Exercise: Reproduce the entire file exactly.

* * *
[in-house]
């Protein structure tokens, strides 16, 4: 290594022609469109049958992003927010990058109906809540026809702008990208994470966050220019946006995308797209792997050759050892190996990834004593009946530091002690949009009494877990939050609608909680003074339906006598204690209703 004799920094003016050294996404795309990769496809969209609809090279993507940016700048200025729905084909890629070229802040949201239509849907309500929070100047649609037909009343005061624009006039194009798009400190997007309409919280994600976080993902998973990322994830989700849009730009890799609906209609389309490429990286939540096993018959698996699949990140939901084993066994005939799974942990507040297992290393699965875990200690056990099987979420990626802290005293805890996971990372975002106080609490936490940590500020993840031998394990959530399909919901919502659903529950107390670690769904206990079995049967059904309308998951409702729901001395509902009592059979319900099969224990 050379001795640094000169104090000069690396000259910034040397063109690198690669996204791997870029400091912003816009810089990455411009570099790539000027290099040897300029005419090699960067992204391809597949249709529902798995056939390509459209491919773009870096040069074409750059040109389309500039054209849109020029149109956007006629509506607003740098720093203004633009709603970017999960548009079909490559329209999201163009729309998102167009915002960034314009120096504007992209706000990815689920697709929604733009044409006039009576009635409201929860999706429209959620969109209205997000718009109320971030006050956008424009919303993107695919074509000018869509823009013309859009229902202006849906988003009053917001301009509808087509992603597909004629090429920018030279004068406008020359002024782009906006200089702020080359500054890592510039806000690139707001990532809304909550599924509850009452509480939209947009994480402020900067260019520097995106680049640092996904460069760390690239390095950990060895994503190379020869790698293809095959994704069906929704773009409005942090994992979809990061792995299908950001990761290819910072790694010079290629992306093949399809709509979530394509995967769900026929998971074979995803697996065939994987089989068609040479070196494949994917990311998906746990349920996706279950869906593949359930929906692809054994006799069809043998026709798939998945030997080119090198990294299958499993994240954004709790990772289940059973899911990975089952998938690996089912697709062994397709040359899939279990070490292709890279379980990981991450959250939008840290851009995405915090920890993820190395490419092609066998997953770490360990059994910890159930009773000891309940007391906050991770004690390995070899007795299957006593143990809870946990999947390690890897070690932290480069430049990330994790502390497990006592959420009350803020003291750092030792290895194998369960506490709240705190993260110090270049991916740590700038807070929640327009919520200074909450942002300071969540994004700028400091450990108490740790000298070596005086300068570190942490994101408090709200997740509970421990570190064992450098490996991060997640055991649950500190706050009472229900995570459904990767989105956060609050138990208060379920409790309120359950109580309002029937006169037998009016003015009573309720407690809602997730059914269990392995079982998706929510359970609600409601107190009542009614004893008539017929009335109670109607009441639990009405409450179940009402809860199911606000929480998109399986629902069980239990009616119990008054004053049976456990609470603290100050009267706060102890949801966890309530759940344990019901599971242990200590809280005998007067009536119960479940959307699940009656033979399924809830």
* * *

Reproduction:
[in-house]
């Protein structure tokens, strides 16, 4: 290594022609469109049958992003927010990058109906809540026809702008990208994470966050220019946006995308797209792997050759050892190996990834004593009946530091002690949009009494877990939050609608909680003074339906006598204690209703 004799920094003016050294996404795309990769496809969209609809090279993507940016700048200025729905084909890629070229802040949201239509849907309500929070100047649609037909009343005061624009006039194009798009400190997007309409919280994600976080993902998973990322994830989700849009730009890799609906209609389309490429990286939540096993018959698996699949990140939901084993066994005939799974942990507040297992290393699965875990200690056990099987979420990626802290005293805890996971990372975002106080609490936490940590500020993840031998394990959530399909919901919502659903529950107390670690769904206990079995049967059904309308998951409702729901001395509902009592059979319900099969224990 050379001795640094000169104090000069690396000259910034040397063109690198690669996204791997870029400091912003816009810089990455411009570099790539000027290099040897300029005419090699960067992204391809597949249709529902798995056939390509459209491919773009870096040069074409750059040109389309500039054209849109020029149109956007006629509506607003740098720093203004633009709603970017999960548009079909490559329209999201163009729309998102167009915002960034314009120096504007992209706000990815689920697709929604733009044409006039009576009635409201929860999706429209959620969109209205997000718009109320971030006050956008424009919303993107695919074509000018869509823009013309859009229902202006849906988003009053917001301009509808087509992603597909004629090429920018030279004068406008020359002024782009906006200089702020080359500054890592510039806000690139707001990532809304909550599924509850009452509480939209947009994480402020900067260019520097995106680049640092996904460069760390690239390095950990060895994503190379020869790698293809095959994704069906929704773009409005942090994992979809990061792995299908950001990761290819910072790694010079290629992306093949399809709509979530394509995967769900026929998971074979995803697996065939994987089989068609040479070196494949994917990311998906746990349920996706279950869906593949359930929906692809054994006799069809043998026709798939998945030997080119090198990294299958499993994240954004709790990772289940059973899911990975089952998938690996089912697709062994397709040359899939279990070490292709890279379980990981991450959250939008840290851009995405915090920890993820190395490419092609066998997953770490360990059994910890159930009773000891309940007391906050991770004690390995070899007795299957006593143990809870946990999947390690890897070690932290480069430049990330994790502390497990006592959420009350803020003291750092030792290895194998369960506490709240705190993260110090270049991916740590700038807070929640327009919520200074909450942002300071969540994004700028400091450990108490740790000298070596005086300068570190942490994101408090709200997740509970421990570190064992450098490996991060997640055991649950500190706050009472229900995570459904990767989105956060609050138990208060379920409790309120359950109580309002029937006169037998009016003015009573309720407690809602997730059914269990392995079982998706929510359970609600409601107190009542009614004893008539017929009335109670109607009441639990009405409450179940009402809860199911606000929480998109399986629902069980239990009616119990008054004053049976456990609470603290100050009267706060102890949801966890309530759940344990019901599971242990200590809280005998007067009536119960479940959307699940009656033979399924809830």